Wednesday in Granada...we had a slow start to the day. Didn't get outside until close to 10:30 after a FULL cooked breakfast (something Lloyd has been dreaming of) and of course cleaning up the kitchen. We have grown tired of the usual breakfast fare around the Mediterranean...can't take all that sugar and white flour on a steady basis. These folk sure like their pastries! (So do we but not every day)
We decided to wander around the parts of the Alhambra that are open without a ticket, which turns out to be not a lot. However our wanderings did serve as a useful orientation for our full visit to the site tomorrow (Friday). We left the hotel, walking along the less busy street behind, to the Plaza Nueva. This plaza is actually quite old in comparison to others, being established in the early years of the Christian rule in Granada. The church at the end of the plaza (its bell tower was the minaret of the original mosque) marks the point where the river disappears underneath.
Beyond that is a lovely narrow valley with houses on the left, and the Alhambra above on the right.
There are lots of old properties for sale. Lloyd poked his camera through a broken shutter...this is typical of old Mediterranean homes built around a central courtyard, a style that goes back to Roman times.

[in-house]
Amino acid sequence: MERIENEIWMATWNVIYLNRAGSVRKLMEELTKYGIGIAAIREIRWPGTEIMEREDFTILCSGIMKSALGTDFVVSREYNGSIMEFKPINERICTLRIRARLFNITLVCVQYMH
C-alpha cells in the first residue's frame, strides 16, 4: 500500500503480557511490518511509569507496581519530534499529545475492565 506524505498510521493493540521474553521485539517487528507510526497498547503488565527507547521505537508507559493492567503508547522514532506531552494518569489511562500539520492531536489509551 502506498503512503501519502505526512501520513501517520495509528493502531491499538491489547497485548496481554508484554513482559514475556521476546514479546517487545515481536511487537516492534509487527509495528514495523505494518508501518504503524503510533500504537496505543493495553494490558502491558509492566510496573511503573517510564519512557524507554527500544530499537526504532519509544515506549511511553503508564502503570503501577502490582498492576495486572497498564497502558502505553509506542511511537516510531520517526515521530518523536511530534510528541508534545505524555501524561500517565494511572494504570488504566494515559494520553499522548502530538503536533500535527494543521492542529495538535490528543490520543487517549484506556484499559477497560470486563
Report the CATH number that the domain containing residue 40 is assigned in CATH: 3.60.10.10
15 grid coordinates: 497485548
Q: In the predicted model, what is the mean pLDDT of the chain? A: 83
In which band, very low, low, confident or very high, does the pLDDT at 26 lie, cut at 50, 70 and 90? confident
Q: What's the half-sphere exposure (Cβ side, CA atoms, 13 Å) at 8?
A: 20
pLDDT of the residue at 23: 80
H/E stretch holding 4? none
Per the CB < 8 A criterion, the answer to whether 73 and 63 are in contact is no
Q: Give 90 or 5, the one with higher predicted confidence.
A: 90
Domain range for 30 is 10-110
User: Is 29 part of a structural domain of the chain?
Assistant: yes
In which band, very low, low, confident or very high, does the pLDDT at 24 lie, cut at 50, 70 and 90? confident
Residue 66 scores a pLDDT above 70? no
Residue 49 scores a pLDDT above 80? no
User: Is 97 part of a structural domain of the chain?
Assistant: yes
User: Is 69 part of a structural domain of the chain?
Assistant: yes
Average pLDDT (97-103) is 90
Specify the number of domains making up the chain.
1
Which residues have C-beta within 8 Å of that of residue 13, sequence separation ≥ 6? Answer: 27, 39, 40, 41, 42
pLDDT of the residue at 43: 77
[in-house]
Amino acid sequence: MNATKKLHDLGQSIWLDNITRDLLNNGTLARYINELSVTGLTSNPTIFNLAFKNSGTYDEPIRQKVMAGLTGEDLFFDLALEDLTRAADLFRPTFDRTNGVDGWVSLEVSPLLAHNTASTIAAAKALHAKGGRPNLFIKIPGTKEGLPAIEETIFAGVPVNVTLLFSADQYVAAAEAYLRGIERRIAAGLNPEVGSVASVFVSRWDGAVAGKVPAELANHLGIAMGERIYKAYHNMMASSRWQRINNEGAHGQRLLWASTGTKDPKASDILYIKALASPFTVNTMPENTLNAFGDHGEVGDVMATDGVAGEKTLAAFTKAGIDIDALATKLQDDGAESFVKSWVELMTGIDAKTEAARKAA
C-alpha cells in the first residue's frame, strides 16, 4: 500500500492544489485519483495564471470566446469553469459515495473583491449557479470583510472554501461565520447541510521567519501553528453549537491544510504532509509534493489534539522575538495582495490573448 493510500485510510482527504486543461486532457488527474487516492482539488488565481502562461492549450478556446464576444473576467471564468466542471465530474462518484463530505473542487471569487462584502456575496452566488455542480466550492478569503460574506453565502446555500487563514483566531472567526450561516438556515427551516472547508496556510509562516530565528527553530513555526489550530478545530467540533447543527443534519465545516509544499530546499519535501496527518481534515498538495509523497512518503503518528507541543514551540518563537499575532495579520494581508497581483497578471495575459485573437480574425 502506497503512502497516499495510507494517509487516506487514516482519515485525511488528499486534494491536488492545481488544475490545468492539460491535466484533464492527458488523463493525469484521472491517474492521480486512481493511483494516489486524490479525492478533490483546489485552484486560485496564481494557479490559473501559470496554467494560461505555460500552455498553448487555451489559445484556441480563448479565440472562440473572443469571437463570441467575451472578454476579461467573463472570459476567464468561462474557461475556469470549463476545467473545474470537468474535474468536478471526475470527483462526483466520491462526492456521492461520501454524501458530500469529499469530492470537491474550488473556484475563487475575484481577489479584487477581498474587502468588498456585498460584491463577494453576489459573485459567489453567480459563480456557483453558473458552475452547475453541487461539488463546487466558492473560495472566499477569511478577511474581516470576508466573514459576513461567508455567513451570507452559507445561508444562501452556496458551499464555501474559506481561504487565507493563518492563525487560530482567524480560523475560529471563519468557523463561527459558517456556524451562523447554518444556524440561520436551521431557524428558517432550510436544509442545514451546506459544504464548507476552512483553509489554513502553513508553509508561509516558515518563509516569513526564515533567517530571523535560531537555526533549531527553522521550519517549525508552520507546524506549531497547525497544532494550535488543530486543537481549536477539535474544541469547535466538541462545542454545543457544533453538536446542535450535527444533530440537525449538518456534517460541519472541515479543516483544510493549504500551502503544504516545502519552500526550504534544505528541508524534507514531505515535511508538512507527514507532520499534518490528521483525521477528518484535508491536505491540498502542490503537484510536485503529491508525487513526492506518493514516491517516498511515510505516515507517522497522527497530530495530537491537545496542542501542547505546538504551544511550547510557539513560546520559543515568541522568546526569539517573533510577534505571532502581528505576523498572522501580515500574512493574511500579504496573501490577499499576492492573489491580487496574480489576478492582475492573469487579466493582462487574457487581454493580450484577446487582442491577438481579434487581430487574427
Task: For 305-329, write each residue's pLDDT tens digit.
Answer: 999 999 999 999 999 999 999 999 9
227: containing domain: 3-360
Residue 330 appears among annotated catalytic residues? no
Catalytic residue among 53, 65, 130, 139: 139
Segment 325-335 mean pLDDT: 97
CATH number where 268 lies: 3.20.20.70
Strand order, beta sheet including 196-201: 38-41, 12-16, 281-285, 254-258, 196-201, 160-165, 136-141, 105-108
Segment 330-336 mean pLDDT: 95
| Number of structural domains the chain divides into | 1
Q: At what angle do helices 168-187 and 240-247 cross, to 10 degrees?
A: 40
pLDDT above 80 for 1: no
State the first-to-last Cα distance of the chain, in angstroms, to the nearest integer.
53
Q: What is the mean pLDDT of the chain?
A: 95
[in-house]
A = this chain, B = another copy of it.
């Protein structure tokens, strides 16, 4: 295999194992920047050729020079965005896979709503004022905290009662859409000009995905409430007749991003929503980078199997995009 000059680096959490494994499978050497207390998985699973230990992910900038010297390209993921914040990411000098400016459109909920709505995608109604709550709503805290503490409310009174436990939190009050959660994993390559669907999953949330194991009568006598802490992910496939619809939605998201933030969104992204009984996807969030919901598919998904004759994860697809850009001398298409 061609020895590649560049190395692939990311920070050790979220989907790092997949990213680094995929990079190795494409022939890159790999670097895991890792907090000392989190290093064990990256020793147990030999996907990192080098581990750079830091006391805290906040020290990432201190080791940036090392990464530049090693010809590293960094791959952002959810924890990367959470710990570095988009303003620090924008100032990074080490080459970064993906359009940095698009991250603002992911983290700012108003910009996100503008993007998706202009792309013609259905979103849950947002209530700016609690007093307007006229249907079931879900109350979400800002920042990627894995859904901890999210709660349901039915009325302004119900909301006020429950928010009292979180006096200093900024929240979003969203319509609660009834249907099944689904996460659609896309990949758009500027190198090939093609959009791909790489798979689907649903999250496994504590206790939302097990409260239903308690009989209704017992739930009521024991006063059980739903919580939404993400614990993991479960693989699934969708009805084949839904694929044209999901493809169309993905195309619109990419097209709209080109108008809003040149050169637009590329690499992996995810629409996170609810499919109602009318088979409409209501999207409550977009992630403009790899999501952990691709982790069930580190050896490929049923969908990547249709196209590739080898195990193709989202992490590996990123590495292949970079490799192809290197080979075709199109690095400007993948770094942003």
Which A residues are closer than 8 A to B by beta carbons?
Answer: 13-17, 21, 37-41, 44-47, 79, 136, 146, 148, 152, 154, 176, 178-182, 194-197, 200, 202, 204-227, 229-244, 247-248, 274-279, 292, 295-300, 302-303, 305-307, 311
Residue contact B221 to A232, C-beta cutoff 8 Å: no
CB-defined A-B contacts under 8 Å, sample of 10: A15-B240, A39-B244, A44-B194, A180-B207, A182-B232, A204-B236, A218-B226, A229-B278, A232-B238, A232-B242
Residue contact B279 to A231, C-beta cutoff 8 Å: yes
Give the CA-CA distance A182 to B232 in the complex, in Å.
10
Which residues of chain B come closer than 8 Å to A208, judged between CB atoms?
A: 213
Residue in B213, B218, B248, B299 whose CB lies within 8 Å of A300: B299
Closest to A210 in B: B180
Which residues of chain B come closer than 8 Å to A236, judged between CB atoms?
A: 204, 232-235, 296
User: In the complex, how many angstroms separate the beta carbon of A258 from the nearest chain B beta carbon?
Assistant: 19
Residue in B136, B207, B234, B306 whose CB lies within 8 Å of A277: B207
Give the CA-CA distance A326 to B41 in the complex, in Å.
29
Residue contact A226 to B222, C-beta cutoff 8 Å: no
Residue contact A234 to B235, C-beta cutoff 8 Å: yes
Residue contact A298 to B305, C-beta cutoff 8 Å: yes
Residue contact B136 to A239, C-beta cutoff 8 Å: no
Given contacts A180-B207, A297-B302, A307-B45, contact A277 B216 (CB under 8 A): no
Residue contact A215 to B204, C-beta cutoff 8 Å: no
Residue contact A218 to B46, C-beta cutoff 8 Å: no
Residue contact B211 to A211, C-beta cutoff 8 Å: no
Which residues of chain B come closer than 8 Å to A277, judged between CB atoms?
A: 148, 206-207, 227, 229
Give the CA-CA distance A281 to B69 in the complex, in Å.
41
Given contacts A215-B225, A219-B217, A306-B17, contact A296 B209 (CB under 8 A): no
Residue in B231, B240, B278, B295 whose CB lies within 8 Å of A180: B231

We walked up the river valley and then over and up to the Alhambra. We were able to go inside the Palacio de Carlos V (Palace of Charles V), a monumental building that is square on the outside and round in the middle, open to the air.
Construction started in the mid 1500s but was left unfinished for centuries. The roof was finally completed in the early 20th C. Intriguing are the pillars and balustrades carved out of local conglomerate.
The Puerta de la Justica (Gate of Justice) through which free entrance is gained to the grounds. The outer gate:
The zig-zag interior:
Inside the grounds:
A "Spanglish" sign...(we haven't seen as much of this as we did in Asia)
A view of the Albaicín district of Granada. This was the site of the original Moorish settlement in the 800s. The streets are still narrow and winding.
A view of the Sierra Nevada
Down below, towards the centre of town, I noticed this receptacle for old clothing..."Know that your used clothing is the fabric of life".